There’s little doubt that the financial advisor/client landscape will be fundamentally altered by fintech innovation. But machines can do only so much, especially in meeting the complex needs of high net-worth (HNW) clients. That reality will create new opportunities for advisors who can harness the power of technology while also providing the kind of customized, personal advice that distinguishes the most successful advisory practices.
“At the end of the day, advisors can see through the trees,” says Chris Ambridge, president and chief investment officer of Toronto-based Provisus Wealth Management Ltd. “It’s my experience that people’s lives are complicated. And unless you know all the nuances, you’re not going to get it right. And that’s not going to be done through a series of ones and zeros at this stage.”
Still, HNW clients increasingly expect you to understand – and make good use of – new technology. At the same time, clients will continue to expect the advantages of traditional support, leading to a marriage of service style increasingly referred to as “hybrid” advice. Indeed, a 2017 study by Accenture LLP found that 68% of emerging wealthy and HNW investors prefer hybrid advice models.
There clearly is appeal to be found in accessing the best of both worlds: the accuracy and convenience of technology, fine-tuned using judgment and experience. “[Such advice means] bringing together humans and technology in new ways, so that there’s more flexibility for the investor and more fluidity between different life events and clients’ complex needs,” says Kendra Thompson, managing director and head of global wealth management with Accenture in Toronto.
How exactly technology is deployed may vary, although it most likely would be used for repetitive tasks such as “onboarding” new investing accounts and making wire transfers. Harnessing widely available communication tools, such as videoconferencing, also is an easy way to bring technology into your business.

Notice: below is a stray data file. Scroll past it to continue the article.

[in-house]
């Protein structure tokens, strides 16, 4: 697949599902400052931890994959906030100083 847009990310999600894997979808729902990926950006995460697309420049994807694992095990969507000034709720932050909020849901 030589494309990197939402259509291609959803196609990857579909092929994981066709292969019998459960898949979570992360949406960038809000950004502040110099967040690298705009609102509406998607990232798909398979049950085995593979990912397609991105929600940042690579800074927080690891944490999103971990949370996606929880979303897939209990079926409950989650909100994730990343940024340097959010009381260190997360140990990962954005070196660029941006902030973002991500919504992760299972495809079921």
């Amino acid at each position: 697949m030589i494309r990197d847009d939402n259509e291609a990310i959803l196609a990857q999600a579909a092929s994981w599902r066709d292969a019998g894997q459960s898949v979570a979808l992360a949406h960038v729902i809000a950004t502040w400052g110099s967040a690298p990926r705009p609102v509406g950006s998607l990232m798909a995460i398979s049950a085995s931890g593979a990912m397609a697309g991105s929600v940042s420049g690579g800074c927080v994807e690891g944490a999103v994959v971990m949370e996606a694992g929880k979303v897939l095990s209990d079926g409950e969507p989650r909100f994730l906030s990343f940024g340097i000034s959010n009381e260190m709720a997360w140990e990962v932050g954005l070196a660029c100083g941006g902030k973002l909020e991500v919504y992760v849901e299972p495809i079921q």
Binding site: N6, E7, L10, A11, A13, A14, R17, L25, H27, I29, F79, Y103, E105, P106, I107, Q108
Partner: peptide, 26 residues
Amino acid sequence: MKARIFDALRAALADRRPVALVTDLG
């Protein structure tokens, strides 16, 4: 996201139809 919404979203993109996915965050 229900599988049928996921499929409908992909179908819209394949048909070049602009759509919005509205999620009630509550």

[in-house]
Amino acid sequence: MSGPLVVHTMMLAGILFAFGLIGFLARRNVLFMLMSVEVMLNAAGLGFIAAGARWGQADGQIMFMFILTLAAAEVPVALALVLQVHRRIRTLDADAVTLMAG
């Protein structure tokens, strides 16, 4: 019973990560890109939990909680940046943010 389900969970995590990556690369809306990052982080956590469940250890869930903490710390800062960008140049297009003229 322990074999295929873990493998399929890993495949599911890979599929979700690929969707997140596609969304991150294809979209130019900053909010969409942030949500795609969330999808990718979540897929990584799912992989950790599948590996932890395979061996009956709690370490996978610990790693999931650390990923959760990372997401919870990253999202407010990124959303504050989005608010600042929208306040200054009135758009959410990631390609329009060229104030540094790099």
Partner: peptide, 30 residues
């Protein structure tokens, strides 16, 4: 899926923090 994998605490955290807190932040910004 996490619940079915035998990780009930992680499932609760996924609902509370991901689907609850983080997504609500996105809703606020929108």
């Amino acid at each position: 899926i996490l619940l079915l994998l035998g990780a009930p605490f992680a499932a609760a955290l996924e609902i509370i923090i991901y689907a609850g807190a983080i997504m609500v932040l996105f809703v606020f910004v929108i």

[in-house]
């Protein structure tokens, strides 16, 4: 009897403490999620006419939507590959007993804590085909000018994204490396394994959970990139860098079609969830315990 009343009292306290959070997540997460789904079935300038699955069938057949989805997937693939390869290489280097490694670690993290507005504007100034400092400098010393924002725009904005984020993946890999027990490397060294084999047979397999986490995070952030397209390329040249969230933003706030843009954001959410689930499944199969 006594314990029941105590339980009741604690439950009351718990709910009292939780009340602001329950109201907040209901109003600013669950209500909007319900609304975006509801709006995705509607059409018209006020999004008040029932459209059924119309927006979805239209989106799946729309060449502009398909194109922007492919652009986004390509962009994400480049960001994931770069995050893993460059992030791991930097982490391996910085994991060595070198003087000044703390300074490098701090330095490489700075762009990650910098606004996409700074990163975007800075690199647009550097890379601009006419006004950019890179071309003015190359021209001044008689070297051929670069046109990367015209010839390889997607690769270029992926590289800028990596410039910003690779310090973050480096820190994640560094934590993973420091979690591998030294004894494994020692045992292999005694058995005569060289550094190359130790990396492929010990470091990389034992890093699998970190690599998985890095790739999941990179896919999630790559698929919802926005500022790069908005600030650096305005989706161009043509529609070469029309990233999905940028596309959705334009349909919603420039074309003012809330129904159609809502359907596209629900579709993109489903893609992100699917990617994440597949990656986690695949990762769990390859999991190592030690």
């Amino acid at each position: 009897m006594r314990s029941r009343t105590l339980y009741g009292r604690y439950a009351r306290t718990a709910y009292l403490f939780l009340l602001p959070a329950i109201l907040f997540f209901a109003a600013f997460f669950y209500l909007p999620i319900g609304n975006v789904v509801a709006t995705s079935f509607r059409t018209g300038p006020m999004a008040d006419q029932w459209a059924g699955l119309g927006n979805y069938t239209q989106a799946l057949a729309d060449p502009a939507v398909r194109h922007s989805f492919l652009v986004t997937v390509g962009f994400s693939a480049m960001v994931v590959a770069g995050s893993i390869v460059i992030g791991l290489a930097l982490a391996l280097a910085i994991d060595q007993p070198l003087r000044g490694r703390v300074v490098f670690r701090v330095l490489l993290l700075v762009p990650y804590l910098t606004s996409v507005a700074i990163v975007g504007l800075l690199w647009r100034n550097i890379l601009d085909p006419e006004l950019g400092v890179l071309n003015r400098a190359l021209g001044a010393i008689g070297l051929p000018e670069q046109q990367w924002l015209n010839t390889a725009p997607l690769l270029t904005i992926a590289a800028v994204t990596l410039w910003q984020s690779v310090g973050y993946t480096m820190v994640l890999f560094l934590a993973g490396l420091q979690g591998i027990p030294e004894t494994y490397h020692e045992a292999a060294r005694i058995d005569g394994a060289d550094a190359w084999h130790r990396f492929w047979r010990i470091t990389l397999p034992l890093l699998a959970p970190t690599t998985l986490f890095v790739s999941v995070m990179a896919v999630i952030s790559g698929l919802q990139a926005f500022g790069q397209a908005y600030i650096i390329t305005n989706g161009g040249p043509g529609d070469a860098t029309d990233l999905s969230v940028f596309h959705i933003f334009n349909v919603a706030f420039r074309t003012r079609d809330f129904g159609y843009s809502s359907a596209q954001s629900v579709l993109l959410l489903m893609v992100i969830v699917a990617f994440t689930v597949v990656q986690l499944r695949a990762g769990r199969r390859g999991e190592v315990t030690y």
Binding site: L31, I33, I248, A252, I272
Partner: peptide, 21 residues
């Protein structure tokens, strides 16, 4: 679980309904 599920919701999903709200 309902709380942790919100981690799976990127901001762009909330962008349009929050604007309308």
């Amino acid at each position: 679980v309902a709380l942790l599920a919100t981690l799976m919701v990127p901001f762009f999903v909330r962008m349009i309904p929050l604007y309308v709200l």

Choice will be important, says David Hurd, leader in Ernst & Young LLP’s wealth and asset-management advisory practice in Toronto. “If it’s a full-service, traditional type of relationship,” says Hurd, “[the hybrid model means] that you’re providing your high net-worth and ultra-high net-worth clients with the choice to interact with you on certain things digitally because that’s what they desire.”
Working with HNW clients also may mean you will begin to work with more sophisticated tools. For example, you may work with more robust financial planning software that allows for a deeper understanding of investment risk scenarios. Other options may offer the integration of tax and investment advice, as well as more specialized reporting required by professionals such as lawyers and accountants.
Technology also has its challenges, notably in increased security risk. For example, HNW individuals, in particular, tend to use intermediaries or delegates to assist them. These delegates may request permission from you to execute certain sensitive transactions, such as moving monies between institutions or jurisdictions, by using online tools. That can present the risk of errors or fraud. As a result, questions will arise regarding when and how such delegates should be given access to clients’ accounts.
“One thing that’s particular about the high net-worth and ultra-high net-worth market when you start to introduce some of these capabilities,” says Hurd, “is how do you provide a delegate [with] access to some of these capabilities and only to the ones that the actual owner would want [the delegate] to have access to?”
Being successful in the HNW segment means you must offer a range of services that, while including technology, are grounded in experience and sound judgment. For example, how you handle a situation in which a client or a client’s family member has dementia or how you handle a conversation about the financial independence of a client’s children.
“You’re seeing advisors who are buying into the future of hybrid [advice] and really redefining their value proposition,” says Thompson.
Ambridge, whose firm offers an online investing platform, agrees, noting that HNW advisors will always face seemingly endless change. “Complexity is very standard for higher net-worth individuals,” he says, “and it just gets messy.”